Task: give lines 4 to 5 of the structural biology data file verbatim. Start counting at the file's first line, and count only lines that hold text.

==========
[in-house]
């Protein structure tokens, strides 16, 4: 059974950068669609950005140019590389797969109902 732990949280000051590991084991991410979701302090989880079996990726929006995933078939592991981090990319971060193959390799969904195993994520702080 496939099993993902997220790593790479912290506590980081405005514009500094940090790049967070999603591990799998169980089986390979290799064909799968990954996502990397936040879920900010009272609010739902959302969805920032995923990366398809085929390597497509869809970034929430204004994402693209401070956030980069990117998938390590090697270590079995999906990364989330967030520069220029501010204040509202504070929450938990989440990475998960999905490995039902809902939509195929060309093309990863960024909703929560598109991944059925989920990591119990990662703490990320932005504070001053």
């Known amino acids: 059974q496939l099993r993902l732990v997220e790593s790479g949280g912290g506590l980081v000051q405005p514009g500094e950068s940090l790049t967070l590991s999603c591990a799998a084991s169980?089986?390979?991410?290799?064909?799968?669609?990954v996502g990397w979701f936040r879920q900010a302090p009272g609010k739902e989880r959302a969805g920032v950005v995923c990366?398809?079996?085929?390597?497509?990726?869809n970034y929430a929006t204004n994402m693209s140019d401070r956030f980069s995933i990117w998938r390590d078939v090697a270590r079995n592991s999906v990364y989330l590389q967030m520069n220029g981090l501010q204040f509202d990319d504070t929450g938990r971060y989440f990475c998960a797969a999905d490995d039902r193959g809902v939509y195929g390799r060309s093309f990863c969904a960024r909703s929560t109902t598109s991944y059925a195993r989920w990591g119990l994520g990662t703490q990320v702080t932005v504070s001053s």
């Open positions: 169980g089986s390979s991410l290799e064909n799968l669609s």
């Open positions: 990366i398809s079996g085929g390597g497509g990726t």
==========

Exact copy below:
């Open positions: 169980g089986s390979s991410l290799e064909n799968l669609s």
């Open positions: 990366i398809s079996g085929g390597g497509g990726t």